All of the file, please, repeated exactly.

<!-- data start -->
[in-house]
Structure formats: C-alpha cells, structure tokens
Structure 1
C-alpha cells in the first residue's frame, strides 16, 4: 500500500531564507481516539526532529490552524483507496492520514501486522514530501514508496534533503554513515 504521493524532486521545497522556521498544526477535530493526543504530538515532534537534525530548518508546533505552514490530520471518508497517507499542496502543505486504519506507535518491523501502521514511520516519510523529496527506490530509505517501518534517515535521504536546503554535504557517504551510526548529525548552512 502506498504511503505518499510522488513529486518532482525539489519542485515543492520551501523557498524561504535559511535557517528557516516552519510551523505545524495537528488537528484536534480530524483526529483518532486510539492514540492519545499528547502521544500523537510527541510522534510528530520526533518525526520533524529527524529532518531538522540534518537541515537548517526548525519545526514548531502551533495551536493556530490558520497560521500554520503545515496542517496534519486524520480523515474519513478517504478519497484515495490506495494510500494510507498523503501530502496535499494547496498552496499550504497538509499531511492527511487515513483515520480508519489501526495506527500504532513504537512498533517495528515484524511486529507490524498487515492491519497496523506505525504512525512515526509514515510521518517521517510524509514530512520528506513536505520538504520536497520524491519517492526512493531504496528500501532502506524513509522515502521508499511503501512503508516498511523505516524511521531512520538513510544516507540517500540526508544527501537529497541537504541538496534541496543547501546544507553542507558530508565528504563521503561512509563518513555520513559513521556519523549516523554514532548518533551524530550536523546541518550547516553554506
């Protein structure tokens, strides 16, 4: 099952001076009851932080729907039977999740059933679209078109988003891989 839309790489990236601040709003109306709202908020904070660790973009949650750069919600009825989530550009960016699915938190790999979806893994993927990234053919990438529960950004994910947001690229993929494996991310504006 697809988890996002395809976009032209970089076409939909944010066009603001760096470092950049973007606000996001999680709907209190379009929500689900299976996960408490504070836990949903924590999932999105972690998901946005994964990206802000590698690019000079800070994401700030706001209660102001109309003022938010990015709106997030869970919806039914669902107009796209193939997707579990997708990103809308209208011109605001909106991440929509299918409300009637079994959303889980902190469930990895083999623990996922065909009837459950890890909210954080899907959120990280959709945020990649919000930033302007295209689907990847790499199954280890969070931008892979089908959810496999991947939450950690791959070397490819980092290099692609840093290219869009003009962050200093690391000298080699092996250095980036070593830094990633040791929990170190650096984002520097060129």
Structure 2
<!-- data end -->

[in-house]
Structure formats: C-alpha cells, structure tokens
Structure 1
C-alpha cells in the first residue's frame, strides 16, 4: 500500500531564507481516539526532529490552524483507496492520514501486522514530501514508496534533503554513515 504521493524532486521545497522556521498544526477535530493526543504530538515532534537534525530548518508546533505552514490530520471518508497517507499542496502543505486504519506507535518491523501502521514511520516519510523529496527506490530509505517501518534517515535521504536546503554535504557517504551510526548529525548552512 502506498504511503505518499510522488513529486518532482525539489519542485515543492520551501523557498524561504535559511535557517528557516516552519510551523505545524495537528488537528484536534480530524483526529483518532486510539492514540492519545499528547502521544500523537510527541510522534510528530520526533518525526520533524529527524529532518531538522540534518537541515537548517526548525519545526514548531502551533495551536493556530490558520497560521500554520503545515496542517496534519486524520480523515474519513478517504478519497484515495490506495494510500494510507498523503501530502496535499494547496498552496499550504497538509499531511492527511487515513483515520480508519489501526495506527500504532513504537512498533517495528515484524511486529507490524498487515492491519497496523506505525504512525512515526509514515510521518517521517510524509514530512520528506513536505520538504520536497520524491519517492526512493531504496528500501532502506524513509522515502521508499511503501512503508516498511523505516524511521531512520538513510544516507540517500540526508544527501537529497541537504541538496534541496543547501546544507553542507558530508565528504563521503561512509563518513555520513559513521556519523549516523554514532548518533551524530550536523546541518550547516553554506
């Protein structure tokens, strides 16, 4: 099952001076009851932080729907039977999740059933679209078109988003891989 839309790489990236601040709003109306709202908020904070660790973009949650750069919600009825989530550009960016699915938190790999979806893994993927990234053919990438529960950004994910947001690229993929494996991310504006 697809988890996002395809976009032209970089076409939909944010066009603001760096470092950049973007606000996001999680709907209190379009929500689900299976996960408490504070836990949903924590999932999105972690998901946005994964990206802000590698690019000079800070994401700030706001209660102001109309003022938010990015709106997030869970919806039914669902107009796209193939997707579990997708990103809308209208011109605001909106991440929509299918409300009637079994959303889980902190469930990895083999623990996922065909009837459950890890909210954080899907959120990280959709945020990649919000930033302007295209689907990847790499199954280890969070931008892979089908959810496999991947939450950690791959070397490819980092290099692609840093290219869009003009962050200093690391000298080699092996250095980036070593830094990633040791929990170190650096984002520097060129």
Structure 2